A colleague recently asked me the following question titled:

**“Simulating trees with different pybus & Harvey's γ.”**

*“This may be a question with a very obvious answer, but is there a way of
simulating Yule trees so they are either early burst or late burst (i.e. can
you create simulated trees with a high or low γ)? Trying to satisfy a
reviewerâ€™s request to test our taxonomy paper against null models.”*

Well, we can't precisely simulate constant-rate pure-birth trees that have a
particular γ value; however, one thing we could do is *transform*
the edge lengths of the tree so that has a particular, predictable value of
γ. In fact, it turns out to be the case - at least so far as I can
tell (though I don't have a formal proof of this) that for any tree &
particular value of γ, there is a corresponding “EB” (early-burst or
ACDC, see Blomberg et al.
2003)
edge-length transformation that will produce that very-same γ. It's
just a matter of finding it!

Turns out - that's pretty easy. We can use numerical optimization, and since
we only need to optimize in one-dimension, as the EB transformation only has
one paramter, *r*, optimization is both fast & robust.

For instance:

```
library(phytools)
## simulate a tree
tree<-pbtree(n=100)
ltt(tree,show.tree=TRUE,log.lineages=F,log="y")
```

```
## Object of class "ltt" containing:
##
## (1) A phylogenetic tree with 100 tips and 99 internal nodes.
##
## (2) Vectors containing the number of lineages (ltt) and branching times (times) on the tree.
##
## (3) A value for Pybus & Harvey's "gamma" statistic of 2.0956, p-value = 0.0361.
```

```
## transform to gamma=0
ebTree<-phytools:::ebTree
gamma<-function(r,tree,g)
(g-ltt(ebTree(tree,r),plot=FALSE)$gamma)^2
fit<-optimize(gamma,c(-10,10),tree=tree,g=0,tol=1e-12)
ltt(ebTree(tree,fit$minimum),show.tree=TRUE,log.lineages=F,log="y",
lwd=2)
```

```
## Object of class "ltt" containing:
##
## (1) A phylogenetic tree with 100 tips and 99 internal nodes.
##
## (2) Vectors containing the number of lineages (ltt) and branching times (times) on the tree.
##
## (3) A value for Pybus & Harvey's "gamma" statistic of 0, p-value = 1.
```

```
## or how about gamma=10
fit<-optimize(gamma,c(-10,10),tree=tree,g=10,tol=1e-12)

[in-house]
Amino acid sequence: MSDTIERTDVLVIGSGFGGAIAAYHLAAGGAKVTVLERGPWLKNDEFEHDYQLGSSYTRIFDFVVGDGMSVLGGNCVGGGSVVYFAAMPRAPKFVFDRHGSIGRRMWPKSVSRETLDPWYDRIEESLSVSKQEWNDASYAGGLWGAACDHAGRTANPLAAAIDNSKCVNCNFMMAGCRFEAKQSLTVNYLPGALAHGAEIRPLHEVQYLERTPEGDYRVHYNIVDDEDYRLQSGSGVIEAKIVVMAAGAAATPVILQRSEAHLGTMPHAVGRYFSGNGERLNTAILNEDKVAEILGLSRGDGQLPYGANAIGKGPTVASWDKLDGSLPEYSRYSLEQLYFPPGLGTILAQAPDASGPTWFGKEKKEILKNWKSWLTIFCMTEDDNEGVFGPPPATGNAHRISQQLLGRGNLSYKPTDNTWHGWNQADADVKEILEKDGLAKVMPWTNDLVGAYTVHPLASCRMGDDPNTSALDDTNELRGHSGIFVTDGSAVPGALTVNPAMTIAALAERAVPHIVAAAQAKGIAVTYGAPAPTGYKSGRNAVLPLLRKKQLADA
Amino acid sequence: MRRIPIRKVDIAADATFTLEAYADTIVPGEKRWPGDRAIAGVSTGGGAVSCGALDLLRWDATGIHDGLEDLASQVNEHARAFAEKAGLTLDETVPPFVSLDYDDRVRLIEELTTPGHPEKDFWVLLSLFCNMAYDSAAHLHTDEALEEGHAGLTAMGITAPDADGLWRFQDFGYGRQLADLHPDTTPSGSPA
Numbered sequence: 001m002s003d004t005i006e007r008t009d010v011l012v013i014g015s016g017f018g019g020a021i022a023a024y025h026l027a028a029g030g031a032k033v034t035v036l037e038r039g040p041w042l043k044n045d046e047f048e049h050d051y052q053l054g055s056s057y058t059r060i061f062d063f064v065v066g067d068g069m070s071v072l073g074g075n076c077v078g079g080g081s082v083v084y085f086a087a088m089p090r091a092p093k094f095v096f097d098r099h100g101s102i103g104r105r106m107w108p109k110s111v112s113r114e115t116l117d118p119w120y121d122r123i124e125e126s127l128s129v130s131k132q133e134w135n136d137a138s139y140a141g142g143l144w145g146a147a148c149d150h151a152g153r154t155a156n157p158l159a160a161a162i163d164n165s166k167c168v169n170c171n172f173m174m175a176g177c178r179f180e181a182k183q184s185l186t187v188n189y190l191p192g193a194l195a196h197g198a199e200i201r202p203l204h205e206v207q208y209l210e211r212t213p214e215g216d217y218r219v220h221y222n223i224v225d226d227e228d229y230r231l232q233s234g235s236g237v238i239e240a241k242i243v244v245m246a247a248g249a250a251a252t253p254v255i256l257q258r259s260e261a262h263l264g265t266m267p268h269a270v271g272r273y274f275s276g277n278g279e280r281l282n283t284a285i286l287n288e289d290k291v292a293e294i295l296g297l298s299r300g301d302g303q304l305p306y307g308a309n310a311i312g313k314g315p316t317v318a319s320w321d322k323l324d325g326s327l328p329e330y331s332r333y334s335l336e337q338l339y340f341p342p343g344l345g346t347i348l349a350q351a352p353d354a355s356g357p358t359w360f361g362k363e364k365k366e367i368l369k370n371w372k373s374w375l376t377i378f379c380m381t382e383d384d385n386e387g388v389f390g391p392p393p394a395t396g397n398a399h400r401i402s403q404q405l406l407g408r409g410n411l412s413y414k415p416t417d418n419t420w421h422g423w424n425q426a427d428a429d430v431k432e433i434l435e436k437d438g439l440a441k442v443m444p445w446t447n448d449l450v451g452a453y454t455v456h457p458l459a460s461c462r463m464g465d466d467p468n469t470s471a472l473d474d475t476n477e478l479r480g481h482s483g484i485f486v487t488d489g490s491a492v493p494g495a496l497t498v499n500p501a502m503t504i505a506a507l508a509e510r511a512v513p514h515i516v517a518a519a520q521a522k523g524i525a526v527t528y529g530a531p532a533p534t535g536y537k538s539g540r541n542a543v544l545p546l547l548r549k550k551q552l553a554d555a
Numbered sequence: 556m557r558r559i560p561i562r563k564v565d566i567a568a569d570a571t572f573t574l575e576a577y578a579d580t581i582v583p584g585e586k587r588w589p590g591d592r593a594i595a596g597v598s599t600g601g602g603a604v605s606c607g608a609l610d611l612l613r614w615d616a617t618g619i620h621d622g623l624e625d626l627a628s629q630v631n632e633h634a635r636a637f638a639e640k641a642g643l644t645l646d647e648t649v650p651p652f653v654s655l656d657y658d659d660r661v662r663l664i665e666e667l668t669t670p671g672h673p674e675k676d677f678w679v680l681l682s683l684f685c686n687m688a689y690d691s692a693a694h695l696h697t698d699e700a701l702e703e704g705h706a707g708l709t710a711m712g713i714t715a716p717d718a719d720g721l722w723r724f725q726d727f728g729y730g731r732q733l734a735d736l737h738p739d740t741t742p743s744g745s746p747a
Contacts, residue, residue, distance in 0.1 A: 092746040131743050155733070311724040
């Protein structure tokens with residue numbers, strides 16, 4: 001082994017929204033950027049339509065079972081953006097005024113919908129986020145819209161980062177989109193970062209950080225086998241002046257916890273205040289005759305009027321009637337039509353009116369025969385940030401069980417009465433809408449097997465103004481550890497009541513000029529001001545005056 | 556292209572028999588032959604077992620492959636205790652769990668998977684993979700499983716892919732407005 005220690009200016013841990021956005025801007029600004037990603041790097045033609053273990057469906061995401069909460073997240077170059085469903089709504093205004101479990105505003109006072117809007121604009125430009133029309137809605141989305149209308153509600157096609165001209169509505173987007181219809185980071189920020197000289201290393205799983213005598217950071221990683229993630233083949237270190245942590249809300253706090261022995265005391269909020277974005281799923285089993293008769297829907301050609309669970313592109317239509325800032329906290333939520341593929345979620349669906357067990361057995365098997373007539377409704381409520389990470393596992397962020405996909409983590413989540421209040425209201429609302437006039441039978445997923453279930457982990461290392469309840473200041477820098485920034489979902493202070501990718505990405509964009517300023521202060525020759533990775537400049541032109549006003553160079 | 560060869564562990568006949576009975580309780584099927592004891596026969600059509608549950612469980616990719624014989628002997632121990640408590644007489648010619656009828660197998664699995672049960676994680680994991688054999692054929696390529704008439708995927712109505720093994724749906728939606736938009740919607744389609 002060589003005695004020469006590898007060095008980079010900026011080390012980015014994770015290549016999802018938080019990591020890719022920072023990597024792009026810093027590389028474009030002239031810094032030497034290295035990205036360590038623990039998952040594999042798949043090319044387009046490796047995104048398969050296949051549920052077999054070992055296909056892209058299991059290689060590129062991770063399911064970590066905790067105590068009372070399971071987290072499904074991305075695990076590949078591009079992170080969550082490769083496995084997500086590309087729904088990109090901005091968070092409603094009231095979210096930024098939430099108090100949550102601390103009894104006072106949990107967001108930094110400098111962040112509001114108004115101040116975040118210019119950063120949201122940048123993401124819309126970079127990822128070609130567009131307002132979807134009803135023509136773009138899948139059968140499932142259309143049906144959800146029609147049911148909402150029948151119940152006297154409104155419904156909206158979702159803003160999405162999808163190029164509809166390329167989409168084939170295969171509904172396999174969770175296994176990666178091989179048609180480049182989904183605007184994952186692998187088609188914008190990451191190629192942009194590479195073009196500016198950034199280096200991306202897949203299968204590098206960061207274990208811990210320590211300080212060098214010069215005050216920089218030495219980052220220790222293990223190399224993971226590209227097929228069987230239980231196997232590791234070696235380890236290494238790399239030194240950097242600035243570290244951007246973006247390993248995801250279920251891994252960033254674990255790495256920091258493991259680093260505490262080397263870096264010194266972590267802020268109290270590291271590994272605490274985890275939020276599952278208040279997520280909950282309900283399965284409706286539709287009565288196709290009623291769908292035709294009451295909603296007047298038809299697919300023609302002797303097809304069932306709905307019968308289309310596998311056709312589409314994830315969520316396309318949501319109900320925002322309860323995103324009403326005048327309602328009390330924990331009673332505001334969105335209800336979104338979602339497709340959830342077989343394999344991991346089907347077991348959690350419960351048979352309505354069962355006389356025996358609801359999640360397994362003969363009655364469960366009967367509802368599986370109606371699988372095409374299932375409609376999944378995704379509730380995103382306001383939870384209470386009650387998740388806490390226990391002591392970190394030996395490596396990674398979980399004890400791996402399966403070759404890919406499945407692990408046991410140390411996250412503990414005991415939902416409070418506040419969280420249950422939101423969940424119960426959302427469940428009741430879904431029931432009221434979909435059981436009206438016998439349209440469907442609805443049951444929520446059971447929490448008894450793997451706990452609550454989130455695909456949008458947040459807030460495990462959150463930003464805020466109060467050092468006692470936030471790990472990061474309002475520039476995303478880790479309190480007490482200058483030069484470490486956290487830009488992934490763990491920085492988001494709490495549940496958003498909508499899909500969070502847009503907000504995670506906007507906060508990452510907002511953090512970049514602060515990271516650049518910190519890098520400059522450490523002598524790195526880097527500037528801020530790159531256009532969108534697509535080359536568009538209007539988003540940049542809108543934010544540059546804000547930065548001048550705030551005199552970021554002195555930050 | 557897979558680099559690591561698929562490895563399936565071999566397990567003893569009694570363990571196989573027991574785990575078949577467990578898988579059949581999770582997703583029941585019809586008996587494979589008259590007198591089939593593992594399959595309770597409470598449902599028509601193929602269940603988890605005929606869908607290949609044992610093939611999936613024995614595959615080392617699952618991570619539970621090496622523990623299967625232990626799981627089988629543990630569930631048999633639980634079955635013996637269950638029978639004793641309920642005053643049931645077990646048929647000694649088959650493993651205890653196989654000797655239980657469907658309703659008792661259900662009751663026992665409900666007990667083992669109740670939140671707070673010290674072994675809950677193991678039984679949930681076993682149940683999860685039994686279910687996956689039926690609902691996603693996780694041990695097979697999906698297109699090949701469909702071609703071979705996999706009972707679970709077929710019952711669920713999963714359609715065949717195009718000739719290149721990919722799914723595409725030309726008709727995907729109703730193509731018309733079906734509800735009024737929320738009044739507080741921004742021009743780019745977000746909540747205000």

ltt(ebTree(tree,fit$minimum),show.tree=TRUE,log.lineages=F,log="y",
lwd=2)
```

```
## Object of class "ltt" containing:
##
## (1) A phylogenetic tree with 100 tips and 99 internal nodes.
##
## (2) Vectors containing the number of lineages (ltt) and branching times (times) on the tree.
##
## (3) A value for Pybus & Harvey's "gamma" statistic of 10, p-value = 0.
```

```
## or gamma=-10
fit<-optimize(gamma,c(-10,10),tree=tree,g=-10,tol=1e-12)
ltt(ebTree(tree,fit$minimum),show.tree=TRUE,log.lineages=F,log="y",
lwd=2)
```

```
## Object of class "ltt" containing:
##
## (1) A phylogenetic tree with 100 tips and 99 internal nodes.
##
## (2) Vectors containing the number of lineages (ltt) and branching times (times) on the tree.
##
## (3) A value for Pybus & Harvey's "gamma" statistic of -10, p-value = 0.
```

Note that the `ebTree`

transformation, though it does
produce the correct γ, has the side-effect of changing the total
depth of the tree. This needn't be the case. For instance, we can just
do the following:

```
## custom EB function to hold total length constant
EB<-function(tree,r){
d<-max(nodeHeights(tree))
tree<-ebTree(tree,r)
tree$edge.length<-tree$edge.length/max(nodeHeights(tree))*d
tree
}
gamma<-function(r,tree,g)
(g-ltt(EB(tree,r),plot=FALSE)$gamma)^2
## try with gamma=-4
fit<-optimize(gamma,c(-10,10),tree=tree,g=-4,tol=1e-12)
ltt(EB(tree,fit$minimum),show.tree=TRUE,log.lineages=F,log="y",
lwd=2)
```

```
## Object of class "ltt" containing:
##
## (1) A phylogenetic tree with 100 tips and 99 internal nodes.
##
## (2) Vectors containing the number of lineages (ltt) and branching times (times) on the tree.
##
## (3) A value for Pybus & Harvey's "gamma" statistic of -4, p-value = 1e-04.
```

OK, now let's generate 100 trees with total length of 1.0 and γ=-1:

```
trees<-pbtree(n=100,scale=1,nsim=100)
foo<-function(tree,g)
optimize(gamma,c(-10,10),tree=tree,g=g,tol=1e-12)$minimum
r<-sapply(trees,foo,g=-1)
ttrees<-mapply(EB,tree=trees,r=r,SIMPLIFY=FALSE)
class(ttrees)<-"multiPhylo"
g<-sapply(ttrees,function(x) ltt(x,plot=FALSE)$gamma)
g
```

```
## [1] -1 -1 -1 -1 -1 -1 -1 -1 -1 -1 -1 -1 -1 -1 -1 -1 -1 -1 -1 -1 -1 -1 -1
## [24] -1 -1 -1 -1 -1 -1 -1 -1 -1 -1 -1 -1 -1 -1 -1 -1 -1 -1 -1 -1 -1 -1 -1
## [47] -1 -1 -1 -1 -1 -1 -1 -1 -1 -1 -1 -1 -1 -1 -1 -1 -1 -1 -1 -1 -1 -1 -1
## [70] -1 -1 -1 -1 -1 -1 -1 -1 -1 -1 -1 -1 -1 -1 -1 -1 -1 -1 -1 -1 -1 -1 -1
## [93] -1 -1 -1 -1 -1 -1 -1 -1
```

```
ltt(ttrees,col=make.transparent("blue",0.25))
```

```
## 100 objects of class "ltt" in a list
```

What's neat is that for our single fixed value of γ = -1.0, the LTT curves vary quite a lot!

[Note. In the original post I called `ltt(trees,...)`

rather
than `ltt(ttrees,...)`

- that is, `ltt`

on the
original, rather than transformed trees. Shown above this is fixed, but
the LTT plots still vary quite a bit.]

That's it. Hopefully of some help.

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